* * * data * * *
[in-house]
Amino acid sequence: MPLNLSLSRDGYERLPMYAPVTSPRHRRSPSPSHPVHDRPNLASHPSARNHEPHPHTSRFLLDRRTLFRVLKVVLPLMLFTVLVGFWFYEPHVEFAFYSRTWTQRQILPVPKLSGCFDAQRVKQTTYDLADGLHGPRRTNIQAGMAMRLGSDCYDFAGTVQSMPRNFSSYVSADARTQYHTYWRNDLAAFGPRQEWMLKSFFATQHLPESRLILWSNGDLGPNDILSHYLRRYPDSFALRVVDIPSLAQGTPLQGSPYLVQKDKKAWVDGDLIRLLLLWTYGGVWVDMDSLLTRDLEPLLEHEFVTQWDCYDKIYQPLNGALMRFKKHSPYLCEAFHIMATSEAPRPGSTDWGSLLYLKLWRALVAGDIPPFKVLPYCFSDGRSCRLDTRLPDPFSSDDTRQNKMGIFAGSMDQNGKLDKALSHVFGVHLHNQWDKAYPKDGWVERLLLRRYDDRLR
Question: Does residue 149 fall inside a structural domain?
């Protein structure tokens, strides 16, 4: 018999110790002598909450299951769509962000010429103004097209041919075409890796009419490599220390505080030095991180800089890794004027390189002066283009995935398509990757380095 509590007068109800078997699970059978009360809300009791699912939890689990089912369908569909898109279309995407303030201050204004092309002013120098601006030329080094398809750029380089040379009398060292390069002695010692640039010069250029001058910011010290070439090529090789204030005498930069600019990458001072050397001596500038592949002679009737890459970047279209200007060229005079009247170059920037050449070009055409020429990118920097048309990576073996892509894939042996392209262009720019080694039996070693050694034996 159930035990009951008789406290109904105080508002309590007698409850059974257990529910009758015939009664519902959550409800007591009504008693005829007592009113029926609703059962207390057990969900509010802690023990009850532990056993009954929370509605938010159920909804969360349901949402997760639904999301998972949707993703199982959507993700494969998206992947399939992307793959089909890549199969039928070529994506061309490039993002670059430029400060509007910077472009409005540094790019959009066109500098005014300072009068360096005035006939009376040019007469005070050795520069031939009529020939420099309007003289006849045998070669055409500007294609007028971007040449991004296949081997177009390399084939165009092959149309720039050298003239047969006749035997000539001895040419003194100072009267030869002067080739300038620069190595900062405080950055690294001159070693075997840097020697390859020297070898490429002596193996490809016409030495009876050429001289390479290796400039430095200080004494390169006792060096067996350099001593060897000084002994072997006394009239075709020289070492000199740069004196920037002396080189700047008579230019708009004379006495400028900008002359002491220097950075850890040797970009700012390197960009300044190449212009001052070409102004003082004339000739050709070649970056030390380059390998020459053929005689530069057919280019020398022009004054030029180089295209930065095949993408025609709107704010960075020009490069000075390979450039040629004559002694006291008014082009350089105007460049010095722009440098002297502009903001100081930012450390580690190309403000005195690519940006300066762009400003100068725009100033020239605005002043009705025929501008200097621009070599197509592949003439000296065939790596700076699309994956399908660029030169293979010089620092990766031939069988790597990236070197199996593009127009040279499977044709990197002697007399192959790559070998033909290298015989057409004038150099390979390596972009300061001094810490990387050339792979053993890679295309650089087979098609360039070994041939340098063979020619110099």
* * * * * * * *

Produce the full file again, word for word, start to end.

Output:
[in-house]
Amino acid sequence: MPLNLSLSRDGYERLPMYAPVTSPRHRRSPSPSHPVHDRPNLASHPSARNHEPHPHTSRFLLDRRTLFRVLKVVLPLMLFTVLVGFWFYEPHVEFAFYSRTWTQRQILPVPKLSGCFDAQRVKQTTYDLADGLHGPRRTNIQAGMAMRLGSDCYDFAGTVQSMPRNFSSYVSADARTQYHTYWRNDLAAFGPRQEWMLKSFFATQHLPESRLILWSNGDLGPNDILSHYLRRYPDSFALRVVDIPSLAQGTPLQGSPYLVQKDKKAWVDGDLIRLLLLWTYGGVWVDMDSLLTRDLEPLLEHEFVTQWDCYDKIYQPLNGALMRFKKHSPYLCEAFHIMATSEAPRPGSTDWGSLLYLKLWRALVAGDIPPFKVLPYCFSDGRSCRLDTRLPDPFSSDDTRQNKMGIFAGSMDQNGKLDKALSHVFGVHLHNQWDKAYPKDGWVERLLLRRYDDRLR
Question: Does residue 149 fall inside a structural domain?
């Protein structure tokens, strides 16, 4: 018999110790002598909450299951769509962000010429103004097209041919075409890796009419490599220390505080030095991180800089890794004027390189002066283009995935398509990757380095 509590007068109800078997699970059978009360809300009791699912939890689990089912369908569909898109279309995407303030201050204004092309002013120098601006030329080094398809750029380089040379009398060292390069002695010692640039010069250029001058910011010290070439090529090789204030005498930069600019990458001072050397001596500038592949002679009737890459970047279209200007060229005079009247170059920037050449070009055409020429990118920097048309990576073996892509894939042996392209262009720019080694039996070693050694034996 159930035990009951008789406290109904105080508002309590007698409850059974257990529910009758015939009664519902959550409800007591009504008693005829007592009113029926609703059962207390057990969900509010802690023990009850532990056993009954929370509605938010159920909804969360349901949402997760639904999301998972949707993703199982959507993700494969998206992947399939992307793959089909890549199969039928070529994506061309490039993002670059430029400060509007910077472009409005540094790019959009066109500098005014300072009068360096005035006939009376040019007469005070050795520069031939009529020939420099309007003289006849045998070669055409500007294609007028971007040449991004296949081997177009390399084939165009092959149309720039050298003239047969006749035997000539001895040419003194100072009267030869002067080739300038620069190595900062405080950055690294001159070693075997840097020697390859020297070898490429002596193996490809016409030495009876050429001289390479290796400039430095200080004494390169006792060096067996350099001593060897000084002994072997006394009239075709020289070492000199740069004196920037002396080189700047008579230019708009004379006495400028900008002359002491220097950075850890040797970009700012390197960009300044190449212009001052070409102004003082004339000739050709070649970056030390380059390998020459053929005689530069057919280019020398022009004054030029180089295209930065095949993408025609709107704010960075020009490069000075390979450039040629004559002694006291008014082009350089105007460049010095722009440098002297502009903001100081930012450390580690190309403000005195690519940006300066762009400003100068725009100033020239605005002043009705025929501008200097621009070599197509592949003439000296065939790596700076699309994956399908660029030169293979010089620092990766031939069988790597990236070197199996593009127009040279499977044709990197002697007399192959790559070998033909290298015989057409004038150099390979390596972009300061001094810490990387050339792979053993890679295309650089087979098609360039070994041939340098063979020619110099």